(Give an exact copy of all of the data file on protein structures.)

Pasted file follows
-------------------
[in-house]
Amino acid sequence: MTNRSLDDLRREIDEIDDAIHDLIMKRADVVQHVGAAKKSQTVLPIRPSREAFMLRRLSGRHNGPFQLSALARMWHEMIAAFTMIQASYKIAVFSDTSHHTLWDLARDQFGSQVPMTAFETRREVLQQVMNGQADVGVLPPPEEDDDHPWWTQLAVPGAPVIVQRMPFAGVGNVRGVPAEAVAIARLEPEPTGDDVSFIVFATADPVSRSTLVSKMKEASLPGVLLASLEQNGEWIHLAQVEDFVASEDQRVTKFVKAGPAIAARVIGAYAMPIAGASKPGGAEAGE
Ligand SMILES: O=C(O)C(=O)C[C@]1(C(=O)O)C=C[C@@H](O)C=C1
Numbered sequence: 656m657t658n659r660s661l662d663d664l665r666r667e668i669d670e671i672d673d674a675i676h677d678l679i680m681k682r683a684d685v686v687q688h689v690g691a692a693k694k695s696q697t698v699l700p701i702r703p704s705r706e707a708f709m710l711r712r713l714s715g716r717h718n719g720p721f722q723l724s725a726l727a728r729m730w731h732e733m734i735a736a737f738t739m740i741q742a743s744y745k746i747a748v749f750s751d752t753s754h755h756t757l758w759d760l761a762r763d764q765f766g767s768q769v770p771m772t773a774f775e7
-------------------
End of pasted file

[in-house]
Amino acid sequence: MTNRSLDDLRREIDEIDDAIHDLIMKRADVVQHVGAAKKSQTVLPIRPSREAFMLRRLSGRHNGPFQLSALARMWHEMIAAFTMIQASYKIAVFSDTSHHTLWDLARDQFGSQVPMTAFETRREVLQQVMNGQADVGVLPPPEEDDDHPWWTQLAVPGAPVIVQRMPFAGVGNVRGVPAEAVAIARLEPEPTGDDVSFIVFATADPVSRSTLVSKMKEASLPGVLLASLEQNGEWIHLAQVEDFVASEDQRVTKFVKAGPAIAARVIGAYAMPIAGASKPGGAEAGE
Ligand SMILES: O=C(O)C(=O)C[C@]1(C(=O)O)C=C[C@@H](O)C=C1
Numbered sequence: 656m657t658n659r660s661l662d663d664l665r666r667e668i669d670e671i672d673d674a675i676h677d678l679i680m681k682r683a684d685v686v687q688h689v690g691a692a693k694k695s696q697t698v699l700p701i702r703p704s705r706e707a708f709m710l711r712r713l714s715g716r717h718n719g720p721f722q723l724s725a726l727a728r729m730w731h732e733m734i735a736a737f738t739m740i741q742a743s744y745k746i747a748v749f750s751d752t753s754h755h756t757l758w759d760l761a762r763d764q765f766g767s768q769v770p771m772t773a774f775e7